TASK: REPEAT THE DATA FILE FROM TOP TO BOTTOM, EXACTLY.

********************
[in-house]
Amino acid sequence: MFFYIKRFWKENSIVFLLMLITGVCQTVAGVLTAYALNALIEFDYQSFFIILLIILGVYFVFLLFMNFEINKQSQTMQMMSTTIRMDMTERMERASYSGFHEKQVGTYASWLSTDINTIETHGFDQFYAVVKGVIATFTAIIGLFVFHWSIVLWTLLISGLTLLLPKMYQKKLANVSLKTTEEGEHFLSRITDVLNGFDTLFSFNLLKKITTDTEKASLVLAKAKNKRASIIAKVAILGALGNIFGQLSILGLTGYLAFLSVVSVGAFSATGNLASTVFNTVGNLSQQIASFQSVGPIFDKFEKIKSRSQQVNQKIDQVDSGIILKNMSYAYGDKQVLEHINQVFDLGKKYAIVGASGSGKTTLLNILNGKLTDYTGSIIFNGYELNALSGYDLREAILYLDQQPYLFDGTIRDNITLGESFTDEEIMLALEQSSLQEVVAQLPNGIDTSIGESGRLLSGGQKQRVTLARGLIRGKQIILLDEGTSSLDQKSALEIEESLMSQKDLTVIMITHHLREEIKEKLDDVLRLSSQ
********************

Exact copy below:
[in-house]
Amino acid sequence: MFFYIKRFWKENSIVFLLMLITGVCQTVAGVLTAYALNALIEFDYQSFFIILLIILGVYFVFLLFMNFEINKQSQTMQMMSTTIRMDMTERMERASYSGFHEKQVGTYASWLSTDINTIETHGFDQFYAVVKGVIATFTAIIGLFVFHWSIVLWTLLISGLTLLLPKMYQKKLANVSLKTTEEGEHFLSRITDVLNGFDTLFSFNLLKKITTDTEKASLVLAKAKNKRASIIAKVAILGALGNIFGQLSILGLTGYLAFLSVVSVGAFSATGNLASTVFNTVGNLSQQIASFQSVGPIFDKFEKIKSRSQQVNQKIDQVDSGIILKNMSYAYGDKQVLEHINQVFDLGKKYAIVGASGSGKTTLLNILNGKLTDYTGSIIFNGYELNALSGYDLREAILYLDQQPYLFDGTIRDNITLGESFTDEEIMLALEQSSLQEVVAQLPNGIDTSIGESGRLLSGGQKQRVTLARGLIRGKQIILLDEGTSSLDQKSALEIEESLMSQKDLTVIMITHHLREEIKEKLDDVLRLSSQ